Published 09:49 Apr 12, 2022

By KENDALL KING, Local Journalism Initiative Reporter

Members of the Lethbridge Overdose Prevention Society and Moms Stop the Harm say they are not giving up after the Supreme Court of Canada dismissed the groups’ injunction application last week, which requested the repeal of a policy requiring Alberta supervised consumption service users to show ID.

Local advocate and MSTH member Kym Porter shares in the disappointment, but is now choosing to focus on the groups’ lawsuit regarding the same matter.

“This isn’t going to stop us,” Porter told the News. “Even though they turned down the injunction … it’s not like we actually lost; they just decided to not hear it in court. So now, we continue the fight (with) the lawsuit.”

As she now looks to the future, Porter, who lost her son Neil to a fentanyl overdose in 2016, is concerned about potential effects of the policy, which came into affect April 1.

“We are quite concerned, as in Alberta the amount of deaths per day (from acute drug poisoning) is up to five people,” Porter said. “Unfortunately, with the rate of death happening at this point, those numbers are only going to rise … We’re not accepting this and letting it be. Too many lives depend on it.”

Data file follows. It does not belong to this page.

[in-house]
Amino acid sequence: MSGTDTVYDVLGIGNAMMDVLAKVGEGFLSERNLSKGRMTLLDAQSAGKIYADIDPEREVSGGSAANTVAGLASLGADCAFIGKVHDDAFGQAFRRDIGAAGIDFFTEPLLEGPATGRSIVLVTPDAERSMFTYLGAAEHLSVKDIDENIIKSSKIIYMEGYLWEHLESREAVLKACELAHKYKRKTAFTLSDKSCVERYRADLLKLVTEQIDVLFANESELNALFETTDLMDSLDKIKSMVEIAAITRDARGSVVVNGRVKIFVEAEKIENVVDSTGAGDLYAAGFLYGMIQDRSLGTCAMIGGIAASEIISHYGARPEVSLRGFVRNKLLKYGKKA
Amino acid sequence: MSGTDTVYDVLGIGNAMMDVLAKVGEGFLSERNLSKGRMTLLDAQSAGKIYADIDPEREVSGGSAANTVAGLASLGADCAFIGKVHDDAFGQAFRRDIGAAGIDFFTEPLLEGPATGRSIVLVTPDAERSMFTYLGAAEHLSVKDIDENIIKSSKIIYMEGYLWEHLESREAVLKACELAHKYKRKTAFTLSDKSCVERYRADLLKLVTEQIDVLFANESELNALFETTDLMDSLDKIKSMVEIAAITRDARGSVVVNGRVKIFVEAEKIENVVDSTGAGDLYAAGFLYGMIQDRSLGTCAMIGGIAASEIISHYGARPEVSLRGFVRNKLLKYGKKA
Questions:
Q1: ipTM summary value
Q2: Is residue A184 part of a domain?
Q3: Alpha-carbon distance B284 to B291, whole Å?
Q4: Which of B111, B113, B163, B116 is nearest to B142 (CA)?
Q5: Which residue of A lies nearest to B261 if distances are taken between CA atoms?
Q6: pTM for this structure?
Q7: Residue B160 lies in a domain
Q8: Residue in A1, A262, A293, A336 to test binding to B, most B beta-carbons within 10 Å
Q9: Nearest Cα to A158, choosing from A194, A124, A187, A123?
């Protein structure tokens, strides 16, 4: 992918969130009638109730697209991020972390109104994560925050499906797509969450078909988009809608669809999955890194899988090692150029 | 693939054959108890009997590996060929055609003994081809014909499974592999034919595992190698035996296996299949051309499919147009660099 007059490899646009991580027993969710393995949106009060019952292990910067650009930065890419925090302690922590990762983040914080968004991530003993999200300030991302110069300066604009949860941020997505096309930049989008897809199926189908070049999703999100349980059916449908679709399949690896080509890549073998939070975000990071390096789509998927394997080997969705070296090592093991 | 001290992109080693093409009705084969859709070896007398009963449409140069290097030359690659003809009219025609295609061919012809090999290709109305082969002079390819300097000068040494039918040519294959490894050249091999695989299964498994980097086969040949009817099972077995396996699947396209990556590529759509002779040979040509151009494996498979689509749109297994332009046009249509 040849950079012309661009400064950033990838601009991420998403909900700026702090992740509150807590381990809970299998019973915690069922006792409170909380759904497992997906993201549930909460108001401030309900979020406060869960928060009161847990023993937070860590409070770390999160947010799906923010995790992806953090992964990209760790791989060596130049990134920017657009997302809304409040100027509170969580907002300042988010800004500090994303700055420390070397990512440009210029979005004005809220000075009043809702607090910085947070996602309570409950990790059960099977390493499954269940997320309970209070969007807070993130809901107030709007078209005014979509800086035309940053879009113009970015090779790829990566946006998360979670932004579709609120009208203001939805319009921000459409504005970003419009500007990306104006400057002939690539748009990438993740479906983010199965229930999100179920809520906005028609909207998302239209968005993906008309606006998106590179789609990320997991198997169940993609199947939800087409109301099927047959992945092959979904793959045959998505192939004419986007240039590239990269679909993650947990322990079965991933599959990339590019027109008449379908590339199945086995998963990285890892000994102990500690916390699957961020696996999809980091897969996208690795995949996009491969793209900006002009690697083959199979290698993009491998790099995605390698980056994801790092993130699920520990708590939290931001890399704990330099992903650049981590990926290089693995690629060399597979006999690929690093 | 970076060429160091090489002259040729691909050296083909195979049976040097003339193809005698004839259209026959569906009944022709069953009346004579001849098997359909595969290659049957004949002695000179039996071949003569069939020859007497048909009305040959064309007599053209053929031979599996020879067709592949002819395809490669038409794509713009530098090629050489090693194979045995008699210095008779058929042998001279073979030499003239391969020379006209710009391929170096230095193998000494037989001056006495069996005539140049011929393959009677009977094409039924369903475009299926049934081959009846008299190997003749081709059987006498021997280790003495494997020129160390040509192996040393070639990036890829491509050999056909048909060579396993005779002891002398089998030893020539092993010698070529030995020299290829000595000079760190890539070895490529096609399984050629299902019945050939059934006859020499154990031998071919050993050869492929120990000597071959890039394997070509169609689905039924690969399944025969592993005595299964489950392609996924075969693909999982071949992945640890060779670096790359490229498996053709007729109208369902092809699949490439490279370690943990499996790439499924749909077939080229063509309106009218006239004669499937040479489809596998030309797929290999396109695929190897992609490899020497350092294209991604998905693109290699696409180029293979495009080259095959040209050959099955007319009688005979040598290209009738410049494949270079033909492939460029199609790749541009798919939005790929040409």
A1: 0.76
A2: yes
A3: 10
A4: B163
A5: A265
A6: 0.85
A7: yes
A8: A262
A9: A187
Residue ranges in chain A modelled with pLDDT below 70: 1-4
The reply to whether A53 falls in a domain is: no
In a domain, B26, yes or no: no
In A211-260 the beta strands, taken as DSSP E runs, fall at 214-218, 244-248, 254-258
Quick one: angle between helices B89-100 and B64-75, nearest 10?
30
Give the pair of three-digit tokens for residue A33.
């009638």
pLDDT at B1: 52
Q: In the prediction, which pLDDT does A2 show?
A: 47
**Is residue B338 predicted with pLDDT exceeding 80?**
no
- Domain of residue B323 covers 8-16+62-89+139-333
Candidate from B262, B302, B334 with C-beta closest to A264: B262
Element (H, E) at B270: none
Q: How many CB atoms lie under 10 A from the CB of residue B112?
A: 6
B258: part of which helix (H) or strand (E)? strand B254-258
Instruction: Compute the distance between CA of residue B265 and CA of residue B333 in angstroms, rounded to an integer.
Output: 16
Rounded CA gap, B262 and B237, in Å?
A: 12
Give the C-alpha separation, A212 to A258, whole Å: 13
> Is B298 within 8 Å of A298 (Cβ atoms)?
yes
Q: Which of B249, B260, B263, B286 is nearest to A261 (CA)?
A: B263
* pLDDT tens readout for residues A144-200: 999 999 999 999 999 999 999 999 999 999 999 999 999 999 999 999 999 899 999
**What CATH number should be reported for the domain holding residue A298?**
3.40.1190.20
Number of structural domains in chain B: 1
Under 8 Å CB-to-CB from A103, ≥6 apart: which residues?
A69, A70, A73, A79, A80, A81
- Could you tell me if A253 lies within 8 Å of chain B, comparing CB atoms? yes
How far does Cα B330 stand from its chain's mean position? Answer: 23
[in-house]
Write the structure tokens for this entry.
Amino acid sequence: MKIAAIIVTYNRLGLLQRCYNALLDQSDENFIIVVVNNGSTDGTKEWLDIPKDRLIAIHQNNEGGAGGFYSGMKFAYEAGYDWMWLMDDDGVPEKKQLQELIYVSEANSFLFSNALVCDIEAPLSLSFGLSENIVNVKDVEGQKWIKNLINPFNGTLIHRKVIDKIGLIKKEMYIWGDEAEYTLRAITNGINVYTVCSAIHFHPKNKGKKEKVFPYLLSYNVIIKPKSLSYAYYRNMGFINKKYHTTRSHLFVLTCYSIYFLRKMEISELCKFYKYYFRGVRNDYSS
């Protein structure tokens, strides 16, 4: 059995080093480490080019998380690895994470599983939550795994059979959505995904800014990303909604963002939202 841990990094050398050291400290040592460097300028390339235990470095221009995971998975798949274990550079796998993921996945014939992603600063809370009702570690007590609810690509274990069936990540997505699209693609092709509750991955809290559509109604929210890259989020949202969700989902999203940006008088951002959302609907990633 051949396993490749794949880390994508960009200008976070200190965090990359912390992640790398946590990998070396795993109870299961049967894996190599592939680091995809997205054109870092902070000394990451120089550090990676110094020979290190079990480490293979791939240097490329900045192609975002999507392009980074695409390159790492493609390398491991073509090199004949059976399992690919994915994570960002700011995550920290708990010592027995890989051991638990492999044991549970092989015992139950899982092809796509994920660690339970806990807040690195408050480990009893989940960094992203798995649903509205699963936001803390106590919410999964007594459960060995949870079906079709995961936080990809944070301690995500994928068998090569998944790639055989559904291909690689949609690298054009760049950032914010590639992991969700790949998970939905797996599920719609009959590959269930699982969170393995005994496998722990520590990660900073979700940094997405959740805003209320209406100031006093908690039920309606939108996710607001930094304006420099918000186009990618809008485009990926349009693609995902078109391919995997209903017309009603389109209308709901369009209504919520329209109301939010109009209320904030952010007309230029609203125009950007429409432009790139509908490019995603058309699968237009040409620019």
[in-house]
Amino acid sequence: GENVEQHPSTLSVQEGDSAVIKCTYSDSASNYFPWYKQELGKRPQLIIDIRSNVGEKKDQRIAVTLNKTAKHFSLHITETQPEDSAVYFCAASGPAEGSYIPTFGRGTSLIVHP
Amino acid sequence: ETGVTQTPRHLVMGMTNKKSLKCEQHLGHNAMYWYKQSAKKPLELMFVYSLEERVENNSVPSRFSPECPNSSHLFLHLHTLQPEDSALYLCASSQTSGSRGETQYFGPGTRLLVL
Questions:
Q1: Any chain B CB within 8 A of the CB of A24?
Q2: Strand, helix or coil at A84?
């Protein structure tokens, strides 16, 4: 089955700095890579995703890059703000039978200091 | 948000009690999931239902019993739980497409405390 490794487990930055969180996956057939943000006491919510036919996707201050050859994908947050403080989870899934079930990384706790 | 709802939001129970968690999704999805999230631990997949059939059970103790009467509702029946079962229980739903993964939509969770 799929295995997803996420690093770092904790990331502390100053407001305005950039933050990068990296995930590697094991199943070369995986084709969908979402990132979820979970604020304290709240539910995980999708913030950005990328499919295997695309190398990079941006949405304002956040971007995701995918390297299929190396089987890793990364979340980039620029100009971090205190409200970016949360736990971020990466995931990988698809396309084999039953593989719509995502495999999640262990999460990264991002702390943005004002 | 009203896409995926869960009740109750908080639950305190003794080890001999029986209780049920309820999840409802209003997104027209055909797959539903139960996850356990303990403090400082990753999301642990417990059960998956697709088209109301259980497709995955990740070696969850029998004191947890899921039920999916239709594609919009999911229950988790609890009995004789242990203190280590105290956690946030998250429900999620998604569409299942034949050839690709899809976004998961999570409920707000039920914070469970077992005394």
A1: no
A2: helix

Avnish Nanda, the lawyer representing MSTH and LOPS, also weighed in.

“The injunction was just (an attempt) to stop the measure from coming into effect until we could determine if it’s lawful or not,” Nanda told the News. “We still have the main lawsuit, so we’re going to continue on with that (but) because we don’t have the injunction, we want to get this into a trial as soon as possible because every month we delay this, more and more people are going to be impacted by this policy.”

This item reprinted with permission from Medicine Hat News, Medicine Hat, Alberta